Who doesn't remember the common cartoon gag where a rampaging horde of ants disrupts a perfectly good picnic – often to the extent that they actually haul off the food on their tiny backs? Sure, we all had a laugh at the idea back then, but what happens when cartoon comedy turns into real life horror?
Okay, so maybe the ants aren't making off with entire plates of food, but when you find them in your kitchen, that's certainly cause enough for concern. Ants are hungry, greedy, and notoriously single-minded. (If you're not a sugar cube, they won't even look your direction, so good luck asking them to leave.)
Fear not. Whether the ants are marching into your home two-by-two, or in numbers exponentially greater, there are ways to spoil their picnic. Let's take a look.
Types of Ants
Although all ants are pretty much obsessed with food, there are a few different varieties common to household invasions. It's important to know which species of ant you're facing, as this will help you locate their nest and determine what defensive measures are called for.
Little Black AntOne of the most common ants that people come across is their homes is the little black ant. (That's actually their name, although you can call them Monomorium minimum if you think it sounds better.) These small ants are native throughout the United States and are usually about 1.5mm long. They have a stinger, but as you can imagine, it's so small that it's not much of a threat to you...or much of anything. They're omnivorous, which in ant terms means they'll eat anything you would consider food, along with other insects, cornmeal, and plant secretions. These ants typically live in colonies outdoors and will venture inside to search for food (you can usually spot their trails along baseboards, sidewalk cracks, and other narrow passageways.) Getting rid of little black ants is largely a matter of following their trail back to the colony and treating it directly. Alternatively, you can also attempt to seal off their points of entry into your home.
Carpenter AntAnother common household ant is the carpenter ant. Although their name might make them sound constructive, they're actually quite a nuisance. They're very hard to get under control, largely because their colonies can be so hard to track down. They like nesting in moist wood, both inside and/or outside of your home. Removing these ants will often require a professional touch, much like when dealing with termites.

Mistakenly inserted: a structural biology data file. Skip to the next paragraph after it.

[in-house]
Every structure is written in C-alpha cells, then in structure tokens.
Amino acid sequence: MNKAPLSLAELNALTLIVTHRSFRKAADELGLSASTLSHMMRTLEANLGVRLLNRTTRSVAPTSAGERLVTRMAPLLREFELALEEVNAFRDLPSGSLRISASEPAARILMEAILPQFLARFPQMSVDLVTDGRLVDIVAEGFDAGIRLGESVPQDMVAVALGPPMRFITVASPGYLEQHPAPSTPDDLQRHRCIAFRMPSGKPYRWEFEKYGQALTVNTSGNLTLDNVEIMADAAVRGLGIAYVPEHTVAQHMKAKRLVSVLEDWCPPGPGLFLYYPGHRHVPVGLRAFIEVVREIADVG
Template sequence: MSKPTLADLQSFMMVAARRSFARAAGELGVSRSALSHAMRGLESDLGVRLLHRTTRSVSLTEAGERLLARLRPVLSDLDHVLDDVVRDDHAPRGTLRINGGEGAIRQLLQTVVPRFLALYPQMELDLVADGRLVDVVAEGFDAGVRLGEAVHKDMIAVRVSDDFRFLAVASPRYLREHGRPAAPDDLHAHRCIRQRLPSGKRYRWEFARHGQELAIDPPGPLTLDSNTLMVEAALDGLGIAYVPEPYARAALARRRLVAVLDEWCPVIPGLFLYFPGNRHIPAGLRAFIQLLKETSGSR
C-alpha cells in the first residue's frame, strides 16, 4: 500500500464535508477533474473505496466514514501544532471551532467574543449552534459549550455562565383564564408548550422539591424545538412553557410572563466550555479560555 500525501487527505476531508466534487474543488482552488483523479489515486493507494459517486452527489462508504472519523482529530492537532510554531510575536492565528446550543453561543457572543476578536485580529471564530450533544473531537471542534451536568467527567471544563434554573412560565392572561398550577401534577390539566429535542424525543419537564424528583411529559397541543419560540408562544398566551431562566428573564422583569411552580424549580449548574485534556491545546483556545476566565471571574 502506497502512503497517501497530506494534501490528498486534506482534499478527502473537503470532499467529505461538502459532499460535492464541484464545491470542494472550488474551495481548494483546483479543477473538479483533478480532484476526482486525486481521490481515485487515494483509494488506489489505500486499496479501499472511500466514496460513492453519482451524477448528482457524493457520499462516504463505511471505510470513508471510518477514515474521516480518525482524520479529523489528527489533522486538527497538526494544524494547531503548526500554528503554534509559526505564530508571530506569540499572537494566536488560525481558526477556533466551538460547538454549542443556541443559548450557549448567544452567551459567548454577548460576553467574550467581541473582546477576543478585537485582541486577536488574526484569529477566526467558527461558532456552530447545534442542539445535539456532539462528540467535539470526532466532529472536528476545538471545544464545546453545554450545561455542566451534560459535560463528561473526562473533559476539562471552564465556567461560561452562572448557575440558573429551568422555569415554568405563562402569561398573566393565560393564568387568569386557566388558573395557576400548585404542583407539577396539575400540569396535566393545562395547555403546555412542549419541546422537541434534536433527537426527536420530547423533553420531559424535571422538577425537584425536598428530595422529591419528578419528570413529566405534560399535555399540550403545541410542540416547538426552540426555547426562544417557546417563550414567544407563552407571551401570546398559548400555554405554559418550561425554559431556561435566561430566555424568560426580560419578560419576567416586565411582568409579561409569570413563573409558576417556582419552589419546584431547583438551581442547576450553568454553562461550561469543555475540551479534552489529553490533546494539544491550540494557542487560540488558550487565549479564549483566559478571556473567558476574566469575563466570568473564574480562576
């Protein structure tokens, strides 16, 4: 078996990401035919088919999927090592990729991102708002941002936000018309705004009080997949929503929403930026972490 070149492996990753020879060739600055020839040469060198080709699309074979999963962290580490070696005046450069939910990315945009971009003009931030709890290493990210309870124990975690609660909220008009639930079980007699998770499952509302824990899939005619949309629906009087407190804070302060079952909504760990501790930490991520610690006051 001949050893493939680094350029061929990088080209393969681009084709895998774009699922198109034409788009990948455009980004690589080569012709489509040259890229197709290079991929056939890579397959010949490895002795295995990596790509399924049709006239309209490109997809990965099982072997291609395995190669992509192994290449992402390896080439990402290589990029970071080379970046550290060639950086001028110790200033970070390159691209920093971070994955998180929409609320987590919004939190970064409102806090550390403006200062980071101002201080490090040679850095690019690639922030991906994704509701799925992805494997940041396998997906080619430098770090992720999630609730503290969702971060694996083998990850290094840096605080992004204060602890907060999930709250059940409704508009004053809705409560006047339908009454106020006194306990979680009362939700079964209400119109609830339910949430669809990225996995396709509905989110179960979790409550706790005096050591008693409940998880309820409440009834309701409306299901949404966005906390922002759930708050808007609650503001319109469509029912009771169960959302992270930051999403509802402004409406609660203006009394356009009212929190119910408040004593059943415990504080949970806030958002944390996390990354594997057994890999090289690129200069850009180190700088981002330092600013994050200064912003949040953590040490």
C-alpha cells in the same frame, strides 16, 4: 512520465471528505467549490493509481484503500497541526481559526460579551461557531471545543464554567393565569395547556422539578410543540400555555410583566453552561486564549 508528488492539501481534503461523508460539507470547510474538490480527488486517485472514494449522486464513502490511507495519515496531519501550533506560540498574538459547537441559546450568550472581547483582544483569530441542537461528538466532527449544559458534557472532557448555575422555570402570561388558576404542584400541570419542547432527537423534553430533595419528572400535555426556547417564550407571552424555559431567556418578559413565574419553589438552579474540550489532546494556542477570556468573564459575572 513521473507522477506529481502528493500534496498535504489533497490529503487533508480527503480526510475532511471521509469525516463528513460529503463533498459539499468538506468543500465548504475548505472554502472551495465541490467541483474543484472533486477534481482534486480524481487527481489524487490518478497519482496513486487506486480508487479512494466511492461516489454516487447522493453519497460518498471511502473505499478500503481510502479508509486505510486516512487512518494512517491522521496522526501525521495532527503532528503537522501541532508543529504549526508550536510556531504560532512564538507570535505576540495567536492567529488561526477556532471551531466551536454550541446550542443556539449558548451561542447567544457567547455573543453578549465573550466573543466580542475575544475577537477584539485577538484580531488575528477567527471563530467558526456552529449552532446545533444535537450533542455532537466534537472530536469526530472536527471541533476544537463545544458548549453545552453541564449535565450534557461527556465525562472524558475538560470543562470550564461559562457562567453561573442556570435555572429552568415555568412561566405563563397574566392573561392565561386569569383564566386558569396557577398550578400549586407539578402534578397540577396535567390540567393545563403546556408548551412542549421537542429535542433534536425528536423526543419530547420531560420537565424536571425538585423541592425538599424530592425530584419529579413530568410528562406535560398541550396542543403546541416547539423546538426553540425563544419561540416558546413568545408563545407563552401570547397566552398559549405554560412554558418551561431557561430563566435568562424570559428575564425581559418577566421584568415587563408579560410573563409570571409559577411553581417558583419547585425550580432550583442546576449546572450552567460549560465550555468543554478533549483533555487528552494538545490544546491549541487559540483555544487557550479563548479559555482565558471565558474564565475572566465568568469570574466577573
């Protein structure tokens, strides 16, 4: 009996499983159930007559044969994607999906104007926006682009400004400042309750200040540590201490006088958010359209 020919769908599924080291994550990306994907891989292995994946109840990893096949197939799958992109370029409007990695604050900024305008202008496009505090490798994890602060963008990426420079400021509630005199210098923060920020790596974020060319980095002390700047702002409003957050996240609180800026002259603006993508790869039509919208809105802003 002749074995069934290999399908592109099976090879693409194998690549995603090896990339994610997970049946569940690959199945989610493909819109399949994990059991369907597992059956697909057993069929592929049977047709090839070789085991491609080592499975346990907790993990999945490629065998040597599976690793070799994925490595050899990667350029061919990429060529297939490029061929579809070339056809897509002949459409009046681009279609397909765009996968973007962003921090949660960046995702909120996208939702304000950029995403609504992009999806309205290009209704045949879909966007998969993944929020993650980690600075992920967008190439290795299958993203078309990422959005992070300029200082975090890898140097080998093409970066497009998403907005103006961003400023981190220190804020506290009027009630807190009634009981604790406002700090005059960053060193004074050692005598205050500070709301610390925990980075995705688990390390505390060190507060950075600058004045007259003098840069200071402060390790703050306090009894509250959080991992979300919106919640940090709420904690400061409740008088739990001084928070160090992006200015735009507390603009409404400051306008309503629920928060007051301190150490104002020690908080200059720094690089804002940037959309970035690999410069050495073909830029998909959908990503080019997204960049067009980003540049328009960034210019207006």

Red Fire AntOne type of ant that most homeowners will terminate without delay is the red fire ant. They're mostly found in the southern United States and will typically make their mounds in landscaped areas or near structural foundations. Their most notable feature is their painful sting, which they will deliver in large quantities if you happen to step on their nest. Fire ants don't always enter a home, but they have been known to find their way in through cracks and holes.
Start With Prevention
As is the case with most pests, prevention is preferred to treatment. Unfortunately, preventing an ant incursion isn't like taking steps against cockroaches or silverfish. You see, ants don't really care if your garage is stacked full of old newspapers or your laundry room is humid. All they want is food, and if you've left any for them to find, they'll show their appreciation by bringing the whole colony for seconds.
That being said, nearly all of the preventative measures against ants involve tasty comestibles. Keep your kitchen clean, as even a few grains of sugar left on the counter can be like ringing the dinner bell. Sweep your floors and seal any food that's not in the refrigerator using airtight containers. You'll also want to be careful about leaving dirty dishes in the sink, and take your trash to the curb regularly. The longer any food lingers out of storage, the better the chances an ant will eke it out.
The other major preventative step is to keep an eye out for colonies. If you see ants nesting around your house, treat the colonies before the ants find their way in. To avoid carpenter ants, look for any moist or broken wood in or near your house. Old sheds and firewood stacks can be a haven for these pests.
Natural Pest Control Options